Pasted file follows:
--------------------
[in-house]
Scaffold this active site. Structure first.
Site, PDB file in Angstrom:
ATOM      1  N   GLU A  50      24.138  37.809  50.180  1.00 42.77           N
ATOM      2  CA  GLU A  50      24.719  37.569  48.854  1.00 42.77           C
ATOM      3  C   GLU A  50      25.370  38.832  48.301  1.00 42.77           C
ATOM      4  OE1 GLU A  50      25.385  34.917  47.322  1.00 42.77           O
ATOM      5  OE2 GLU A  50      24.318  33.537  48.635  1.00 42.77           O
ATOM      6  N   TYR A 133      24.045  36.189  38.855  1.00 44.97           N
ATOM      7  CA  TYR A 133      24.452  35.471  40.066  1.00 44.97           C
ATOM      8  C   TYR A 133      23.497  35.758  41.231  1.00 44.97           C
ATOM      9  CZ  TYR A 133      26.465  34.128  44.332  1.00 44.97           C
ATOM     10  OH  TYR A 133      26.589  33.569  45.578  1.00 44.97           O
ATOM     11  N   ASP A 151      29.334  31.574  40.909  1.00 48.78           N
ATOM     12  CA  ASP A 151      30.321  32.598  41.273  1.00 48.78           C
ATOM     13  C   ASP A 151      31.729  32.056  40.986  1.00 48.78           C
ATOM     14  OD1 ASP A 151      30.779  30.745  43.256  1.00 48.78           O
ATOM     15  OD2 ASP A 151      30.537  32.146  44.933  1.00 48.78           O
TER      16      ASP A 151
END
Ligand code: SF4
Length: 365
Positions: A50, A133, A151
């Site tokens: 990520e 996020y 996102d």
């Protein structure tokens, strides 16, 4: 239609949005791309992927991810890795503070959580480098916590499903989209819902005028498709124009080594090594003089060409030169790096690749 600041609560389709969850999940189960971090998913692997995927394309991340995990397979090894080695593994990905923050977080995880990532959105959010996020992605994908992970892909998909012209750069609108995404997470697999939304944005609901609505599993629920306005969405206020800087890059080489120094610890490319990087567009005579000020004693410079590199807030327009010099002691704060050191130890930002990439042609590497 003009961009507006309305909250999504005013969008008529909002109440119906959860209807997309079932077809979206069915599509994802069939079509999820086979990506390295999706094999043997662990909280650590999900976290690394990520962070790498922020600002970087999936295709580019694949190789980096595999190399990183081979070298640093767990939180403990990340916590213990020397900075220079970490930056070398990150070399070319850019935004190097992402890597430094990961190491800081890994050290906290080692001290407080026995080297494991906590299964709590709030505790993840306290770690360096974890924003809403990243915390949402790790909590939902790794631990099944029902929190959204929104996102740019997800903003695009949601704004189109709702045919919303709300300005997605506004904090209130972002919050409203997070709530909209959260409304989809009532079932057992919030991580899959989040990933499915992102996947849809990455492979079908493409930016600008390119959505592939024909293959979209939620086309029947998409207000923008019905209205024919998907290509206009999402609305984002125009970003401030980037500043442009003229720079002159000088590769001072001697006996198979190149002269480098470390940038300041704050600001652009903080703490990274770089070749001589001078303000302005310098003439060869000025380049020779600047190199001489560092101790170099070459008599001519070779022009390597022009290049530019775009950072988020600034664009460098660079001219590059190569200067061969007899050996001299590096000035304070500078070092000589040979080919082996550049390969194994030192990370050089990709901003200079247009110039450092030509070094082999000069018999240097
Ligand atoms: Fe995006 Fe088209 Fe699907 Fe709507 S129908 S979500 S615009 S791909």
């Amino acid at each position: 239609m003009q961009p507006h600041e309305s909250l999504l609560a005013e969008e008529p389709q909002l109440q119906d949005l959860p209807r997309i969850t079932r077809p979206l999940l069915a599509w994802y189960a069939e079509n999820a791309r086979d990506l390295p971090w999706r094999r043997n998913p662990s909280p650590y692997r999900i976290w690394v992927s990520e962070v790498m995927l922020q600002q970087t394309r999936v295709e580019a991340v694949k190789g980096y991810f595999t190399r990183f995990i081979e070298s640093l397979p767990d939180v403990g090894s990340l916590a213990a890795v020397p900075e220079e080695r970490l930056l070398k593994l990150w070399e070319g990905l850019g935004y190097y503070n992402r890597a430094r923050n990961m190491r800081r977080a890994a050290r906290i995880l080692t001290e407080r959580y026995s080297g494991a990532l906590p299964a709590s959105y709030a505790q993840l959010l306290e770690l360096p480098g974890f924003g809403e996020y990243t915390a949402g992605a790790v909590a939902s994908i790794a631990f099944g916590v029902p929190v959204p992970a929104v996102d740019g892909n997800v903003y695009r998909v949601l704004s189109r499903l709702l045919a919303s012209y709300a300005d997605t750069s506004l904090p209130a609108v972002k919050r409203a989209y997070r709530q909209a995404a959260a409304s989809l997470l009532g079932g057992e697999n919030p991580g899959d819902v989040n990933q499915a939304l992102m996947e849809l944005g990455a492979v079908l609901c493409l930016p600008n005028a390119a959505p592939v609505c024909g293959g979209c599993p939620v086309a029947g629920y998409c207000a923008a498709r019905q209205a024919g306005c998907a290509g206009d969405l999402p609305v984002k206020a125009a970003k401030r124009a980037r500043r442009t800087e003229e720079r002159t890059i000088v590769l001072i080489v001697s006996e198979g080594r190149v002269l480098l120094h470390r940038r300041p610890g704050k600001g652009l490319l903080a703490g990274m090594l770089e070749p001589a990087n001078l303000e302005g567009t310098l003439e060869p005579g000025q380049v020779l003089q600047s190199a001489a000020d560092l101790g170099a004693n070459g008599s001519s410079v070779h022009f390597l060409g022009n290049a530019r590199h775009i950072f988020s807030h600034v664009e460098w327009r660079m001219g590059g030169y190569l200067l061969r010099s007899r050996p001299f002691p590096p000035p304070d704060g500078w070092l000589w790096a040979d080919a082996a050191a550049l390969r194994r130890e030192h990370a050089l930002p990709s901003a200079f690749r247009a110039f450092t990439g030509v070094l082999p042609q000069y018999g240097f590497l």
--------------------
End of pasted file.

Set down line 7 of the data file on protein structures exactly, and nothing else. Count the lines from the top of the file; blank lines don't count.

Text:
ATOM      4  OE1 GLU A  50      25.385  34.917  47.322  1.00 42.77           O